About Our Guest
Micah Schwarzman is Edward F. Howrey Professor of Law at UVA. He received his BA from the University of Virginia, his doctorate in Politics from the University of Oxford where he was a Rhodes Scholar and his JD from the University of Virginia School of Law. Micah Schwartzman then clerked for Judge Paul V. Niemeyer of the United States Court of Appeals for the Fourth Circuit. Prior to joining the law school faculty at the University of Virginia, he was a postdoctoral research fellow at Columbia University’s Society of Fellows in the Humanities. He has also been visiting professor at UCLA School of Law. Professor Schwartzman has published in the fields of law and religion, political philosophy and jurisprudence. He recently coedited The Rise of Corporate Religious Liberty from Oxford University Press in 2016 and he is currently coauthoring a forthcoming case book on constitutional law and religion from West Publishing Company.
Jan Paynter: Hello. I’m Jan Paynter and I would like to welcome you once again to our program Politics Matters. Today we are very pleased to welcome Professor Micah Schwartzman, Edward F. Howrey Professor of Law at the University of Virginia School of Law to discuss the complex issue of the separation of church and state in our United States. Welcome, Professor Schwartzman.
Micah Schwartzman: Thank you.
Jan Paynter: Micah Schwarzman is Edward F. Howrey Professor of Law at UVA. He received his BA from the University of Virginia, his doctorate in Politics from the University of Oxford where he was a Rhodes Scholar and his JD from the University of Virginia School of Law. Micah Schwartzman then clerked for Judge Paul V. Niemeyer of the United States Court of Appeals for the Fourth Circuit. Prior to joining the law school faculty at the University of Virginia, he was a postdoctoral research fellow at Columbia University’s Society of Fellows in the Humanities. He has also been visiting professor at UCLA School of Law. Professor Schwartzman has published in the fields of law and religion, political philosophy and jurisprudence. He recently coedited The Rise of Corporate Religious Liberty from Oxford University Press in 2016 and he is currently coauthoring a forthcoming case book on constitutional law and religion from West Publishing Company. A large part of what makes our American experiment so unique is the remarkable durability and flexibility of our founding documents. The way in which our founder’s constitution animates and even anticipates our ongoing national debates in the run up to the November election. One of the most fascinating, complex and indeed contentious conversations which we continue having as a country turns on the question of the appropriate separation of church and state, of the place that religion and faith should occupy in our democracy. We’re so pleased to have Professor Schwartzman with us today to explore this issue with us. Professor, before we begin our discussion of the history of the separation of church and state and the meaningful Supreme Court decisions speaking to this issue and how it animates our political life, share with us if you would a little about your family background, what brought you to your commitment to the exploration of the relationship between religion and politics. Your family background in rabbinical service is particularly striking.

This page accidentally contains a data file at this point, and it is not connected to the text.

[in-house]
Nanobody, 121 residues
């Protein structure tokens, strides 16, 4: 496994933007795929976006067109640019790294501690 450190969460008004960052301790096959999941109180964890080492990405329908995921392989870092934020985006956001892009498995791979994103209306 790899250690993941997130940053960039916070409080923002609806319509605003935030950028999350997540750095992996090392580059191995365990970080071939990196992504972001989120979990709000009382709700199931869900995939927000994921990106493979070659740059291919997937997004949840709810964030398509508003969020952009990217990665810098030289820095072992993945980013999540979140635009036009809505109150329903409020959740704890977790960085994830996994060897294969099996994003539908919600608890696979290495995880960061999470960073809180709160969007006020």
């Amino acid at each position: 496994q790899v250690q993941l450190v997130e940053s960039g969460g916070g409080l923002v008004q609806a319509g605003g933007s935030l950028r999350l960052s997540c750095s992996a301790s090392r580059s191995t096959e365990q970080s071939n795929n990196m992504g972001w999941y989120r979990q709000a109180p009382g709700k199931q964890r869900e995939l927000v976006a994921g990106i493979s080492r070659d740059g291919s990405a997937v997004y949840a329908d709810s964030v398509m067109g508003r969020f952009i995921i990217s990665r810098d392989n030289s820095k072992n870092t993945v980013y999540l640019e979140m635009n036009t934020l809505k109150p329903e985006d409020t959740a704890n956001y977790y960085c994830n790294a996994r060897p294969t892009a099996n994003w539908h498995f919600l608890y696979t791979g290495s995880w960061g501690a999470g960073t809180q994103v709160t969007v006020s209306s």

Micah Schwartzman: Oh, thank you. So I come from a family with lots of rabbis—Reform rabbis. My father was a military chaplain for many years in the United States Air Force. His father was a rabbi. He taught at Hebrew Union College in Cincinnati which is a primary seminary for Reform Judaism. My sister is a rabbi. She has a congregation in Salt Lake City. So there’s…we have a rabbinic family and in some ways I think I’m probably the black sheep of this family. I work on church and state issues in the legal context and thinking about cases and the…the sort of philosophical, historical, legal foundations of the principles regarding religious freedom in our country. But it’s partly informed by this tradition that I have come out of.